Papers of R. R. Stewart, United Presbyterian missionary in India and adjunct research investigator of the University of Michigan Herbarium, and papers of his wife, Hladia Porter Stewart, educator at Kinnaird College in Lahore and later Gordon College in Rawalpindi, Pakistan. Reminiscences and other autobiographical writings, correspondence, diary, articles concerning flora of India and Pakistan, and files relating to teaching and missionary work of R. R. Stewart; also letters, memoirs and poetry of Hladia Porter Stewart; and photographs

The Stewart Family Collection consists of two linear feet of documents and photos relating to the life of Ralph Randles Stewart and one linear foot relating to the life and writings of Hladia Porter Stewart. Both spent most of their lives on the northern Indian subcontinent.

Collection

Southeast Asian Art Archive, 1940-2006 (majority within 1940-1972, 1952-2000, 1974-2006)

280.5 linear feet

The Southeast Asian Art Archive is composed of seven collections, including the Southeast Asia Art Foundation Archive (SAAF), the Breezewood Collection, the Ajanta Caves Collection, the Walter Spink Indian Caves Collection, the Walter Spink Collection, the Borobudur Collection, and the American Council for Southeast Asian Art (ACSAA) Collection. The collection contains photographs and slides of Southeast Asian monuments, sculptures, Indian rock-cut architecture, and more.

The Southeast Asian Art Archive is composed of seven smaller collections, including the Southeast Asia Art Foundation Archive, the Breezewood Collection, the Ajanta Caves Collection, the Walter Spink Indian Caves Collection, the Walter Spink Collection, the Borobudur Collection, and the American Council for Southeast Asian Art Collection (ACSAA). The Southeast Asia Art Foundation Archive contains photographs, collected by John Adams Thierry, that document sculptures, monuments, and archaeological sites in Cambodia, Java, and Thailand. Many of these sculptures and monuments were vandalized, damaged, insensitively restored, or destroyed. The Breezewood Collection focuses on the art and architecture of Thailand, but also includes examples of sculptures, decorative arts, ceramics, and paintings from Burma, Cambodia, India, and Indonesia. The Ajanta Caves Collection contains the research work of Walter Spink and photographically documents 29 of the 31 rock-cut caves. The photographs range from panoramic views of the Ajanta complex to detailed photographs of the façades, porches, courts, shrines, and interiors. The Walter Spink Indian Caves Collection further documents the research of Walter Spink by looking at rock-cut architecture of other caves throughout India, including Aurangabad, Badami, Bagh, Bedse, Bhaja, Elephanta, Ellora, Kanheri, and others. The Walter Spink Collection contains additional research of the rock-cut architecture of temples, shrines, and monuments throughout India. The Borobudur Collection documents the Buddhist monument of Borobudur, found in Central Java, in detail. The last collection is the American Council for Southern Asian Art (ACSAA) Slide Distribution Collection. This collection contains a wide array of materials depicting Southern Asian art and architecture.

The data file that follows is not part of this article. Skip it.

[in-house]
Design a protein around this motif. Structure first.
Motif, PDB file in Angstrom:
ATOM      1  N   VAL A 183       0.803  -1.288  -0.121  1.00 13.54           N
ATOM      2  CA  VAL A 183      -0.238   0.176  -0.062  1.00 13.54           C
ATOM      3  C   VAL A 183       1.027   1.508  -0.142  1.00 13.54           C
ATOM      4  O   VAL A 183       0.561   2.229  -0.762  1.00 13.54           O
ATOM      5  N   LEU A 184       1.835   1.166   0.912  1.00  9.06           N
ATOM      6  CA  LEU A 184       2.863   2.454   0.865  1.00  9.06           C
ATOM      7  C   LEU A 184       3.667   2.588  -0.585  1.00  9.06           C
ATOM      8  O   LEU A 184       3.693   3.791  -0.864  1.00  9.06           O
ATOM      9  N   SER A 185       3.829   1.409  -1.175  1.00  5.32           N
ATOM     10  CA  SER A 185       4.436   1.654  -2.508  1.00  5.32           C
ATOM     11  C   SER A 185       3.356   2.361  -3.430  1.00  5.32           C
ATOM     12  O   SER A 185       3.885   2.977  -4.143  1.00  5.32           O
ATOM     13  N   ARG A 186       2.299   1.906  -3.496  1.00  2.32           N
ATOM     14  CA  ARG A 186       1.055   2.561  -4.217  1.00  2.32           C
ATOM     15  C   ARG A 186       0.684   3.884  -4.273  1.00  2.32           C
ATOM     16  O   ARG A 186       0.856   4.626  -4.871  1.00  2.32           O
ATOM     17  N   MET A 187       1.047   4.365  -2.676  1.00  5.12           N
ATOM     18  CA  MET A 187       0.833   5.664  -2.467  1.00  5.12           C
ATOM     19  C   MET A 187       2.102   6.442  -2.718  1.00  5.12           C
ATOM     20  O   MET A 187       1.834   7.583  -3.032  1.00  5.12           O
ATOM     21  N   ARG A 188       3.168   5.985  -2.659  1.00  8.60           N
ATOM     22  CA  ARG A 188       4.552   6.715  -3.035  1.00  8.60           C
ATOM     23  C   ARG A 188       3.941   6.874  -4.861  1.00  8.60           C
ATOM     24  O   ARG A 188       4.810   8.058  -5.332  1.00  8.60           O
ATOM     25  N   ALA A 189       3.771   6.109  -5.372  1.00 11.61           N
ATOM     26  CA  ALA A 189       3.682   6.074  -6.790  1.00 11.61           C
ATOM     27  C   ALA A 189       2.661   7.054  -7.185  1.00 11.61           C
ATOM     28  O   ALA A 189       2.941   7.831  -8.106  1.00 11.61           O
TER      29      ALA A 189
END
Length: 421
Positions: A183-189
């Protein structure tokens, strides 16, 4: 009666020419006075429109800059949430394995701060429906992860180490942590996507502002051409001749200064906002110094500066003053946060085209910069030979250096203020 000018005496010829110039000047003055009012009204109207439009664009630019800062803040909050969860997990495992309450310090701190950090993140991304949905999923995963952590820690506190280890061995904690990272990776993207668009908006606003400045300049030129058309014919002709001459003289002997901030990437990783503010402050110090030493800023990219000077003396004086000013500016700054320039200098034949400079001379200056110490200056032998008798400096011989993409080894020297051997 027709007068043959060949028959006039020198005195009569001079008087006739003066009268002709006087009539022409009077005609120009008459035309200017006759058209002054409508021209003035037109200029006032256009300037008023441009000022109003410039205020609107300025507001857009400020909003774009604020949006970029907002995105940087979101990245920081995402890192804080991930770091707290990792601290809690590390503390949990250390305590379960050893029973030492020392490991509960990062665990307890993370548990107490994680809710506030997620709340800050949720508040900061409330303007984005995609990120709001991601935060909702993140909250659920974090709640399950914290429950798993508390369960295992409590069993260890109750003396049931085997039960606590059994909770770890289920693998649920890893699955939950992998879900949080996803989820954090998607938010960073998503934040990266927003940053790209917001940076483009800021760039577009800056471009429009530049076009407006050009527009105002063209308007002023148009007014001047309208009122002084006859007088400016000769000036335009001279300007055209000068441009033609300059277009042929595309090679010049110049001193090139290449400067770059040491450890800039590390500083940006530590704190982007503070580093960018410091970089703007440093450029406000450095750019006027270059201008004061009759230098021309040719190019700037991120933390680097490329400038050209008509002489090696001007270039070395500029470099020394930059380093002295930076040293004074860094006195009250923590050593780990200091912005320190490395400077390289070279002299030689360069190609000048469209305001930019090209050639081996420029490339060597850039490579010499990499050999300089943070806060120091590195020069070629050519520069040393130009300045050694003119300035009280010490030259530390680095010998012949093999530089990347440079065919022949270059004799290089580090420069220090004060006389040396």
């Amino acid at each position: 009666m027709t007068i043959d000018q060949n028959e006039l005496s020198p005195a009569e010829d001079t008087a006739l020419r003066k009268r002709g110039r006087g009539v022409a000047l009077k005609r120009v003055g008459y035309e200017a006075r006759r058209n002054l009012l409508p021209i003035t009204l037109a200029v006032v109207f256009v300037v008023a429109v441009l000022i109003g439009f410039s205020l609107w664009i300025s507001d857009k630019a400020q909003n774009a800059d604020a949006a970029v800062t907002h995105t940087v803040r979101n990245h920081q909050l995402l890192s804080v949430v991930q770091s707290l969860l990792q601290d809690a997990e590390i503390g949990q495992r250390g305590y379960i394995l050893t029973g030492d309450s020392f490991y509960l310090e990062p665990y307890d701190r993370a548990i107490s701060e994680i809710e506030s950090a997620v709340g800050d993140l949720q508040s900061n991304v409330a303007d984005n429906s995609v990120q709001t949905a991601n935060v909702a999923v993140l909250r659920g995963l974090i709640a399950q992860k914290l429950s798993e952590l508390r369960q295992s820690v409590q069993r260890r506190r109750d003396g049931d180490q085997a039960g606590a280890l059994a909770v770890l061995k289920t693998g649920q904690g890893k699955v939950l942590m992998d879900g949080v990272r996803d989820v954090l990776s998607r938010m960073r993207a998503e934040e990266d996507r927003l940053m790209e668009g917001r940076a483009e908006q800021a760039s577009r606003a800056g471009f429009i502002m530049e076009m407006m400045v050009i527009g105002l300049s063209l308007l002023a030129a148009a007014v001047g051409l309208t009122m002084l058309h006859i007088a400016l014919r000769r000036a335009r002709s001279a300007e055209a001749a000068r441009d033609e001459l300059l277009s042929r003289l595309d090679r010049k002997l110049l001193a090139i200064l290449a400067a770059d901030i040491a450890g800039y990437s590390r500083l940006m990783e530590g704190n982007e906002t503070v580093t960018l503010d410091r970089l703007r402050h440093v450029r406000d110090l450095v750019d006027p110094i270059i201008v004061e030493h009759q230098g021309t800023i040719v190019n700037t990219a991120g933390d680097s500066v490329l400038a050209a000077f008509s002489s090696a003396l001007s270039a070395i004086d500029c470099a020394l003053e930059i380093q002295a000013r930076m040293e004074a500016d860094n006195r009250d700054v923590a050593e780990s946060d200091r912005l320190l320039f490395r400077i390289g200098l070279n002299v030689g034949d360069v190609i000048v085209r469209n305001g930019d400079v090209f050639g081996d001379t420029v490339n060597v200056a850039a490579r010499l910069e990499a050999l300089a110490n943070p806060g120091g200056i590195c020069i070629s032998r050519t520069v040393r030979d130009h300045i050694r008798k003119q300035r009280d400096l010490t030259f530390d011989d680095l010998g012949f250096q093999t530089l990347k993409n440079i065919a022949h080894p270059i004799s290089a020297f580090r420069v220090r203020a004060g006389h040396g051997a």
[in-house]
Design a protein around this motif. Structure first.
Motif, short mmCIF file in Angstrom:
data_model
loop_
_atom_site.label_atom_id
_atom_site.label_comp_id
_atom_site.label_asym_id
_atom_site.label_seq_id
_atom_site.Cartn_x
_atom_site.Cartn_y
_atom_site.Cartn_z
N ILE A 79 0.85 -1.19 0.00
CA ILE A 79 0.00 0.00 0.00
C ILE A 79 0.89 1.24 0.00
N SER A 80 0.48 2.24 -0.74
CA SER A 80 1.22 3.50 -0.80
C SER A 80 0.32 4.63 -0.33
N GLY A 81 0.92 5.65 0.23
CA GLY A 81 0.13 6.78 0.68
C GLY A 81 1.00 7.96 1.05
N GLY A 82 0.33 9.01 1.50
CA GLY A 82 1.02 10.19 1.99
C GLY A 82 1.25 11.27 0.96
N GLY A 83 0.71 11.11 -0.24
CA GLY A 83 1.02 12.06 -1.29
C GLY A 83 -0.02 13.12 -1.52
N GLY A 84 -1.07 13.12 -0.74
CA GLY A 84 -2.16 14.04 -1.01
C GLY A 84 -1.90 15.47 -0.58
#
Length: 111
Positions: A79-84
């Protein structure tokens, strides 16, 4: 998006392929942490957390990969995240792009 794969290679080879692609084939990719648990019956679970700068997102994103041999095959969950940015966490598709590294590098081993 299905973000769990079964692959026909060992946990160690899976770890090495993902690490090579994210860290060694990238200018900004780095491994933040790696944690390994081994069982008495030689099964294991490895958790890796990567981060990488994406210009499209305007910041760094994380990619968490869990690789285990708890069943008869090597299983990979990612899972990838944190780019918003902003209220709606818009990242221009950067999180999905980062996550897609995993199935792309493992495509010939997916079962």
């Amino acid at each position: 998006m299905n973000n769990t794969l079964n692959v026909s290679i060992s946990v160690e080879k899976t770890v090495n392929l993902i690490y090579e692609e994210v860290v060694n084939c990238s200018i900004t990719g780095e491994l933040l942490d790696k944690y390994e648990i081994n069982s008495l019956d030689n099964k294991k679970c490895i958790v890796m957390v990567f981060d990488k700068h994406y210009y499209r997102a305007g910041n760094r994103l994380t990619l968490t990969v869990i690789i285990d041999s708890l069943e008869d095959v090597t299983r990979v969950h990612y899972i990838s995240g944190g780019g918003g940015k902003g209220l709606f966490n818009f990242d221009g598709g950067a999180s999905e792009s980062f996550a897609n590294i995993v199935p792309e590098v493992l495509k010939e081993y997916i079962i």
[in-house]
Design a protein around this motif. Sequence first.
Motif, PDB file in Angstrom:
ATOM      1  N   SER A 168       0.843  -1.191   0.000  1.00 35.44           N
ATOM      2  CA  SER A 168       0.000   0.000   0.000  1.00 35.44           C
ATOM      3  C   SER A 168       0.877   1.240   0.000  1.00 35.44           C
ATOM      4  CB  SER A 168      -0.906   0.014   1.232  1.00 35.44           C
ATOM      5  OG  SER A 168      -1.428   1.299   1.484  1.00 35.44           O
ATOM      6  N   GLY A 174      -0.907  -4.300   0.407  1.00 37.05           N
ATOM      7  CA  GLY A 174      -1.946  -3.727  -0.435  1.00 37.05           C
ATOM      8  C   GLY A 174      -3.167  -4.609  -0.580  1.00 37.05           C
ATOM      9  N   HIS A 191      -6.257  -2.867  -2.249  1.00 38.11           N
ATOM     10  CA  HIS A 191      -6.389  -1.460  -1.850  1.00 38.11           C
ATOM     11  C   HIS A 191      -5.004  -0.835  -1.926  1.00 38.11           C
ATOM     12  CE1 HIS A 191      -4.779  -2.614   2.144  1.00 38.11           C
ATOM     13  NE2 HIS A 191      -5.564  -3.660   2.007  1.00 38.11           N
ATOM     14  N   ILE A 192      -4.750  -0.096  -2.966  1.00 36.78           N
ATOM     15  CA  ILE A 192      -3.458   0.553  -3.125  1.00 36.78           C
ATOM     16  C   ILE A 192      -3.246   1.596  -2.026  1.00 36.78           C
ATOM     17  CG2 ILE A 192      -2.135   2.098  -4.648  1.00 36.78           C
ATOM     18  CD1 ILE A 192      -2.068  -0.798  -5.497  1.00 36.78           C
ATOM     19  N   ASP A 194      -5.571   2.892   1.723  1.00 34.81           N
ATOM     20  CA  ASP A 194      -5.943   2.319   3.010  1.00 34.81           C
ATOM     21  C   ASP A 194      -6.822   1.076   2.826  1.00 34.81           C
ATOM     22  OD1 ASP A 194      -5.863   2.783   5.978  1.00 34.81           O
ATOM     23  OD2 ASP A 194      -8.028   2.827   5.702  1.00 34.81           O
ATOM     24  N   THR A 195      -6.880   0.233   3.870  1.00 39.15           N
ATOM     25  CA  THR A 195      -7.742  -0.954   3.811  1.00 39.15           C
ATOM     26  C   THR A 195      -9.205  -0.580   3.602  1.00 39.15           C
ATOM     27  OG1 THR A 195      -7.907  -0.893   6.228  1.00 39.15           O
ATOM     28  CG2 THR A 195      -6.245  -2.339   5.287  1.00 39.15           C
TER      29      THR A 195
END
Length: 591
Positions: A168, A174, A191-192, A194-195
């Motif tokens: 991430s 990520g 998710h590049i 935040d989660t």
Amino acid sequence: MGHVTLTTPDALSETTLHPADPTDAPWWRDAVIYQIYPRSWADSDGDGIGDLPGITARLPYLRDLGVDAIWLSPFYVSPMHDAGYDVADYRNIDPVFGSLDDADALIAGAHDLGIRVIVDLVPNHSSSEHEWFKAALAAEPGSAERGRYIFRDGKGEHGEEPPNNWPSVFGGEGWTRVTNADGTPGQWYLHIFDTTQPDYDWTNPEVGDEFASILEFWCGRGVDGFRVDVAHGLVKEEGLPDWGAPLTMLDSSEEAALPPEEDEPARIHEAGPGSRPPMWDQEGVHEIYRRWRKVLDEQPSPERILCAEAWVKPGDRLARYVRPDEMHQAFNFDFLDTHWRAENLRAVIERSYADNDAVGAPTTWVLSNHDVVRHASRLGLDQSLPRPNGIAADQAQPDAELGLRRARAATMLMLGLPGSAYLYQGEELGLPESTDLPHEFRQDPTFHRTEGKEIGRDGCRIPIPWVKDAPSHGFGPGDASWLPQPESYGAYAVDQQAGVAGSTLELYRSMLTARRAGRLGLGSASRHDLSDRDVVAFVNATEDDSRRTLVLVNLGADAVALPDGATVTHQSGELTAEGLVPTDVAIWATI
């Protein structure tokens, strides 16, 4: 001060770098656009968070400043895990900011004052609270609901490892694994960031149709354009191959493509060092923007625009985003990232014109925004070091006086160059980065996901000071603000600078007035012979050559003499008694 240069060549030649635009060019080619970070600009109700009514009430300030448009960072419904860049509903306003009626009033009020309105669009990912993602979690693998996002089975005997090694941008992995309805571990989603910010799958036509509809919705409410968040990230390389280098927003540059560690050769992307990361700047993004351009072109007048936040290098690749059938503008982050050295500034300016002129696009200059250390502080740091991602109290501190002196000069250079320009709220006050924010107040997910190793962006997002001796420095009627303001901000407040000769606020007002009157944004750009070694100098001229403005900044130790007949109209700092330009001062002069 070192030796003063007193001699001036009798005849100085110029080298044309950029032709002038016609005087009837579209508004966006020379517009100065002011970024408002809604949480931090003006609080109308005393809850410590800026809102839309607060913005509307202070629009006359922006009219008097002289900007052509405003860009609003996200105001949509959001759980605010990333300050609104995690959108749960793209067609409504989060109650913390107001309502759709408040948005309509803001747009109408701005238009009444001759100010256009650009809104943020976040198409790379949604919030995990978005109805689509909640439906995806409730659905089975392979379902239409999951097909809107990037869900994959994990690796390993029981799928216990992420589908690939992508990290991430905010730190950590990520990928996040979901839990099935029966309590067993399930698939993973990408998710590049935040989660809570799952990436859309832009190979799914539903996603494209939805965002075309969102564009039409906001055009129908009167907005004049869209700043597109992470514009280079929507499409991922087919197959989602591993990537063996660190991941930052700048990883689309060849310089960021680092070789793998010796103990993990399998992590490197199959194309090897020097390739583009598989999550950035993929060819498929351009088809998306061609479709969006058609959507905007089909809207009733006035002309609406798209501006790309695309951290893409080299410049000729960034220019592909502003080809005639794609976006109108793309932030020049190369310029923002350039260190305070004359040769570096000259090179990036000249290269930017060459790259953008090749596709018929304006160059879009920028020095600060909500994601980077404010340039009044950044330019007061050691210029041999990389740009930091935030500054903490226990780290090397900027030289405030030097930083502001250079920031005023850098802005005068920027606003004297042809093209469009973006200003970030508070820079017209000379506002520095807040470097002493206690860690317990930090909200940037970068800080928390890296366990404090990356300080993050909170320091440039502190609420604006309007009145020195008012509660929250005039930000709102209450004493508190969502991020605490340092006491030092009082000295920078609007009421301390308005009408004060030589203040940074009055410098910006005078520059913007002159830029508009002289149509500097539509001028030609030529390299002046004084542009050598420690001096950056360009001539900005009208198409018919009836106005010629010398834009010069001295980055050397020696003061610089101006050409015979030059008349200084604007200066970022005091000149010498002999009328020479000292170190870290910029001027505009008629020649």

Collection

Southeast Asia Art Foundation (SAAF) Archive, 1950s-2003

210 linear feet

Online
The Southeast Asia Art Foundation (SAAF) Archive is composed of approximately 200,000 photographs of Southeast Asia artwork compiled by John Adams Thierry during the latter half of the 20th century. The photos are drawn from approximately 30 different sources, sculptures, or monuments throughout Southeastern Asia that have since been vandalized, damaged, insensitively stored, or destroyed.